It’s a fictionalized story crafted around a real-life one, and writing it helped me sort through all the emotions I felt, the sadness and helplessness and anger, while watching my friend go through her divorce. I thought I’d worked through all my emotions until the idea for Dear Wife popped into my head, and I realized I had more to say, this time through a woman who is fighting back in the most brave, kick-ass way. Beth is angry and determined and willing to risk it all for her freedom—all the ingredients for the best kind of heroine.

Describe Dear Wife in three words.

Every wife’s nightmare.

What scene did you enjoy writing most?

That last scene on the rooftop was my favorite, and probably the easiest to write. I can’t say much about it without giving away a big part of the plot, but I really enjoyed the way Beth’s voice came out so loud and strong. I was channelling her or she was channelling me, I don’t know, but whatever it was, it really worked. That scene flew out of me.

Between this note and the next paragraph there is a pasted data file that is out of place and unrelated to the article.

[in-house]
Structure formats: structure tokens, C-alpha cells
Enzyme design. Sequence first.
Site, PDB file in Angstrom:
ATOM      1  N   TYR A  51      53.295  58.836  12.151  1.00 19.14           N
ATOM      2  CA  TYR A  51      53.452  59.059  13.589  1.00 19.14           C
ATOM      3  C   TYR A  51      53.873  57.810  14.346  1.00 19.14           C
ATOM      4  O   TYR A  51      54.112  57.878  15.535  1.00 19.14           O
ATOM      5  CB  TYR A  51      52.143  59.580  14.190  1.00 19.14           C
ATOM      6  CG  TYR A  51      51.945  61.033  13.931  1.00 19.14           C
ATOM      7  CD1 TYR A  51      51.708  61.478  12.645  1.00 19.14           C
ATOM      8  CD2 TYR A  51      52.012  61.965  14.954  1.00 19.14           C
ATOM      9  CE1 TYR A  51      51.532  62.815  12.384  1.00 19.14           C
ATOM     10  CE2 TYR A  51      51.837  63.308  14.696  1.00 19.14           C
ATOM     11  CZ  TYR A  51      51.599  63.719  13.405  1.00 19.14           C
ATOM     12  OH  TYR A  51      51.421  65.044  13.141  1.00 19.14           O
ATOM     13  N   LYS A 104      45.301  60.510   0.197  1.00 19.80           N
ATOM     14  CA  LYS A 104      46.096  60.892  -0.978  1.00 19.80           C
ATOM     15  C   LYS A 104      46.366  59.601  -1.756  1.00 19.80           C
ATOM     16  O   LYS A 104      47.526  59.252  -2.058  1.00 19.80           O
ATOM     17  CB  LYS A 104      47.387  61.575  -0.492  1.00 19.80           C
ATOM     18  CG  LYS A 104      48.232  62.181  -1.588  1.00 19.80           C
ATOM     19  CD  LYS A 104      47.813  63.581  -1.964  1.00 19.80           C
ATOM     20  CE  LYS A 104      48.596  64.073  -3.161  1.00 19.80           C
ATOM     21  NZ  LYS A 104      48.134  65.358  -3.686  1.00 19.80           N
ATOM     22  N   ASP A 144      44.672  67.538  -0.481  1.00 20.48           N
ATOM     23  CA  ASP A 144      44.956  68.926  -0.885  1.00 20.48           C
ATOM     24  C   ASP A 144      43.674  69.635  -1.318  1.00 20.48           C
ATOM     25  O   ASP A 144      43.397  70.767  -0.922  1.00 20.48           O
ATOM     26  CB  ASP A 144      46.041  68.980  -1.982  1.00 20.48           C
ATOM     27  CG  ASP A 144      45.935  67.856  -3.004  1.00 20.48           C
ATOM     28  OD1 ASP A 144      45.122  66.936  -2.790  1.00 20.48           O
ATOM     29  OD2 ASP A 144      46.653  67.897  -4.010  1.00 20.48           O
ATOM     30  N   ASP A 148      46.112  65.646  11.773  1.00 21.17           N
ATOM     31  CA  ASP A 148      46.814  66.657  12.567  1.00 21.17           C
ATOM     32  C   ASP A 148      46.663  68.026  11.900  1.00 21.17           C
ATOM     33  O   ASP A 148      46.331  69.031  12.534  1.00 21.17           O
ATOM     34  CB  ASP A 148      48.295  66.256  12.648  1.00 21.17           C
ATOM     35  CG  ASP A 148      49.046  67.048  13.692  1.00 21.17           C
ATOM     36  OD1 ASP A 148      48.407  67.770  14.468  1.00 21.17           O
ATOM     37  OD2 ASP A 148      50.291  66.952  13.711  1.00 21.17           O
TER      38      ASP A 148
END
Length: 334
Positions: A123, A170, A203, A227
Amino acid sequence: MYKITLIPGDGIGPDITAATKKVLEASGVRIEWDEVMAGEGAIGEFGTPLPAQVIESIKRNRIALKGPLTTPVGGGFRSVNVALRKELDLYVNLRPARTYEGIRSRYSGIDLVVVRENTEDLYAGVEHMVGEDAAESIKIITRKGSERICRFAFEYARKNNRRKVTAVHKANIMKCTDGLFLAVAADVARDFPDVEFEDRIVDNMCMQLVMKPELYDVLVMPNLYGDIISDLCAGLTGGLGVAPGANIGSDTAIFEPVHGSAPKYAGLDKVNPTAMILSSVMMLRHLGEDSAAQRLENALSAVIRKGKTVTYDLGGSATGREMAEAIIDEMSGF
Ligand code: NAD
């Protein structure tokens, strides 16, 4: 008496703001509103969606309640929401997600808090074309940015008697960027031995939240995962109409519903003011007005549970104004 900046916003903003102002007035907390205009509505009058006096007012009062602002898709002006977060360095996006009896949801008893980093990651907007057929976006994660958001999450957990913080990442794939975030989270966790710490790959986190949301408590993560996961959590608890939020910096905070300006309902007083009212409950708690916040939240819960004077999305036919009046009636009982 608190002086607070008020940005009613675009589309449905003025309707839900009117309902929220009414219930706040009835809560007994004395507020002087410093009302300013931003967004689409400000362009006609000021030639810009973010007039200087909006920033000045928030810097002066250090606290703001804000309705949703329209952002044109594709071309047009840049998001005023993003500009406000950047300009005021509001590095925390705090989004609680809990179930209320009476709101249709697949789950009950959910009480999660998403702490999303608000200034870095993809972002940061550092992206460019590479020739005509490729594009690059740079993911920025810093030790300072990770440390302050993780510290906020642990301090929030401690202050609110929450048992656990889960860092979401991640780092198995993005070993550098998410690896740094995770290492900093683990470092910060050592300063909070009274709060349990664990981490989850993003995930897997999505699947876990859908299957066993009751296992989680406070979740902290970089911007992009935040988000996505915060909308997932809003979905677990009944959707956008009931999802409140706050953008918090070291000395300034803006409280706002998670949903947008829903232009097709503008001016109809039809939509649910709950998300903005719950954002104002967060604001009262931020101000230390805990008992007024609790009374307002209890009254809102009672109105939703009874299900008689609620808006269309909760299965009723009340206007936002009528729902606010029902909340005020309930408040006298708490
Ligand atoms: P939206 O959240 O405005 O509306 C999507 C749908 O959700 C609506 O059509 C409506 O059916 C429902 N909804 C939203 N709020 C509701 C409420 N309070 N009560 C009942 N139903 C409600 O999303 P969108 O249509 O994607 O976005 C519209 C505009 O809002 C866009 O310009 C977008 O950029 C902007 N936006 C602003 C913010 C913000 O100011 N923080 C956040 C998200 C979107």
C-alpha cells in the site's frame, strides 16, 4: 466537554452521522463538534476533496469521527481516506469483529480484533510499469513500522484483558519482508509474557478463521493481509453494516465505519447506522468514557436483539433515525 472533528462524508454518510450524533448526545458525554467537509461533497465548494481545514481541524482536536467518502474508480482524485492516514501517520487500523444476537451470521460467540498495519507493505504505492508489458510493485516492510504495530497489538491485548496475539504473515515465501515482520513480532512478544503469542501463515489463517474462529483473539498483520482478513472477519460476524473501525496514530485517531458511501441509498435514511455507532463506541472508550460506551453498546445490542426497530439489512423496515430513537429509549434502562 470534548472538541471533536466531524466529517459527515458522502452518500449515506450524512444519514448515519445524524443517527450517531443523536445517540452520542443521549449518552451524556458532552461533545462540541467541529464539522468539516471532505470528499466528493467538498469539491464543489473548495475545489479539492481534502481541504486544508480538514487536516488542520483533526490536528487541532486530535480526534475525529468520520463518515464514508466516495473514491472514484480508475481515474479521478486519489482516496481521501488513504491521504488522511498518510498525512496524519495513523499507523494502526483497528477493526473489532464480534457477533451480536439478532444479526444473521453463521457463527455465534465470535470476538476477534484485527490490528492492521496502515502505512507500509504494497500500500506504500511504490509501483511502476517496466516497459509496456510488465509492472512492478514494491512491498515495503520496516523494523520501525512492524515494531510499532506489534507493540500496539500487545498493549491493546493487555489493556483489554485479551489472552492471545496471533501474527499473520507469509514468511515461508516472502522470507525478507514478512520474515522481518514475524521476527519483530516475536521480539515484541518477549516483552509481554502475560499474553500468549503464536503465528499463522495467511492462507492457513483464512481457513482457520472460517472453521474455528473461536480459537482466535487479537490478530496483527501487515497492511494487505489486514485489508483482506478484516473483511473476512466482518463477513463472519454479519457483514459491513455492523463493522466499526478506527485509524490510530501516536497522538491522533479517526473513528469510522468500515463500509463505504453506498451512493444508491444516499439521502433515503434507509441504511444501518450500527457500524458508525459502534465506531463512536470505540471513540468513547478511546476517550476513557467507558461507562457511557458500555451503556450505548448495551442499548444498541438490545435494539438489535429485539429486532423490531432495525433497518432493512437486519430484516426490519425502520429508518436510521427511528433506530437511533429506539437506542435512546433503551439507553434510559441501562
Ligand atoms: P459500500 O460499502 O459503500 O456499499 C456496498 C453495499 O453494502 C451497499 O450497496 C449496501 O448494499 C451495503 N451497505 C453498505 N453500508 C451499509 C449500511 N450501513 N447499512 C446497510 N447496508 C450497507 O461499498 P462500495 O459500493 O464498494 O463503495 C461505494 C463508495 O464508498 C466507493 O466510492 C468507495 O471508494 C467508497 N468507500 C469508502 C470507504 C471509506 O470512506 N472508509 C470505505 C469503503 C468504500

What actress/actor would you cast to play Beth, Jeffrey and Marcus?

Hmmm, these questions are always so hard! But I’d love to see someone like Jennifer Garner play Beth. Miles Teller would make a great Jeffrey, and Chris Pine would be perfect as Marcus. A girl can dream!

I absolutely loved Beth and how her strength grew throughout the novel. Who was your favorite character to write?

Miss Sally, hands down! Dear Wife was one of those stories that just begged for a colorful cast, and I let the demographics of the Atlanta neighborhoods where Beth goes into hiding guide me. Mexicans, Asians, people of all shapes and colors and from all backgrounds–I really wanted to portray the diversity of the city.

But diversity isn’t only about skin color, and Miss Sally was one of the first secondary characters I came up with. Since she’s not a main character, I got to have a little more fun with her, make her interesting and funny. She was very loud and vocal in my head, and she kind of wrote herself.

Was the ending planned from the beginning or did it evolve as you wrote it?

My stories have a lot of moving pieces, so I spend months thinking them through before I write the first word. I start with the basics: character, major plot points, a one or two sentence synopsis, and then I take it from there. I brainstorm, add subplots and secondary characters, fill in and expand on the many blank spots. Once I have a fairly detailed outline, I’ll run it by my agent and editor, who are both brilliant at pointing out all the places it could be better. Crafting a story is a group effort, and their feedback and ideas really help me as I’m shaping the plot.